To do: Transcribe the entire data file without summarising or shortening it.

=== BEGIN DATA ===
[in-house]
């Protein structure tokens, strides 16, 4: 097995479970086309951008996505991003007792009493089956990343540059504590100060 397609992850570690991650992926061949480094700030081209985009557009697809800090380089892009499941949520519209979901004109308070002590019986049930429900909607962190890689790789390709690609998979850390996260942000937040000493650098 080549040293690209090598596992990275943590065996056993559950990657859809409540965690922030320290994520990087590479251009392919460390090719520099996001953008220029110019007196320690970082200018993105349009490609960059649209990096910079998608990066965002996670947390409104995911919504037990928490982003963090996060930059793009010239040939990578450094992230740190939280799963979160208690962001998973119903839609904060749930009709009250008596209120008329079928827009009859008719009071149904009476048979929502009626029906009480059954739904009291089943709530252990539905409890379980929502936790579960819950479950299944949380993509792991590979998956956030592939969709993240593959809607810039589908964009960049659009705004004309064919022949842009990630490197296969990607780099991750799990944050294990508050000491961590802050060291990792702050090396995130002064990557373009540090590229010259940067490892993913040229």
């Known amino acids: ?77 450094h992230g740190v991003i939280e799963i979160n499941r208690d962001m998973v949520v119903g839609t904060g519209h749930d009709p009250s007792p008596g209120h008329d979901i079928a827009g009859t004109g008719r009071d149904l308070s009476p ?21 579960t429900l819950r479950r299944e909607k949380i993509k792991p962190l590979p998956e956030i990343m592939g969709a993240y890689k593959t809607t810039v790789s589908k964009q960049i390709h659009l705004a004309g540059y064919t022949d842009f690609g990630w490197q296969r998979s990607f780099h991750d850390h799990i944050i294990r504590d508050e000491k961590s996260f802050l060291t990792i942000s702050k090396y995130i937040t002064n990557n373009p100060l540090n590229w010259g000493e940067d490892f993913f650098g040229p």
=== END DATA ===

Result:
[in-house]
């Protein structure tokens, strides 16, 4: 097995479970086309951008996505991003007792009493089956990343540059504590100060 397609992850570690991650992926061949480094700030081209985009557009697809800090380089892009499941949520519209979901004109308070002590019986049930429900909607962190890689790789390709690609998979850390996260942000937040000493650098 080549040293690209090598596992990275943590065996056993559950990657859809409540965690922030320290994520990087590479251009392919460390090719520099996001953008220029110019007196320690970082200018993105349009490609960059649209990096910079998608990066965002996670947390409104995911919504037990928490982003963090996060930059793009010239040939990578450094992230740190939280799963979160208690962001998973119903839609904060749930009709009250008596209120008329079928827009009859008719009071149904009476048979929502009626029906009480059954739904009291089943709530252990539905409890379980929502936790579960819950479950299944949380993509792991590979998956956030592939969709993240593959809607810039589908964009960049659009705004004309064919022949842009990630490197296969990607780099991750799990944050294990508050000491961590802050060291990792702050090396995130002064990557373009540090590229010259940067490892993913040229």
């Known amino acids: ?77 450094h992230g740190v991003i939280e799963i979160n499941r208690d962001m998973v949520v119903g839609t904060g519209h749930d009709p009250s007792p008596g209120h008329d979901i079928a827009g009859t004109g008719r009071d149904l308070s009476p ?21 579960t429900l819950r479950r299944e909607k949380i993509k792991p962190l590979p998956e956030i990343m592939g969709a993240y890689k593959t809607t810039v790789s589908k964009q960049i390709h659009l705004a004309g540059y064919t022949d842009f690609g990630w490197q296969r998979s990607f780099h991750d850390h799990i944050i294990r504590d508050e000491k961590s996260f802050l060291t990792i942000s702050k090396y995130i937040t002064n990557n373009p100060l540090n590229w010259g000493e940067d490892f993913f650098g040229p």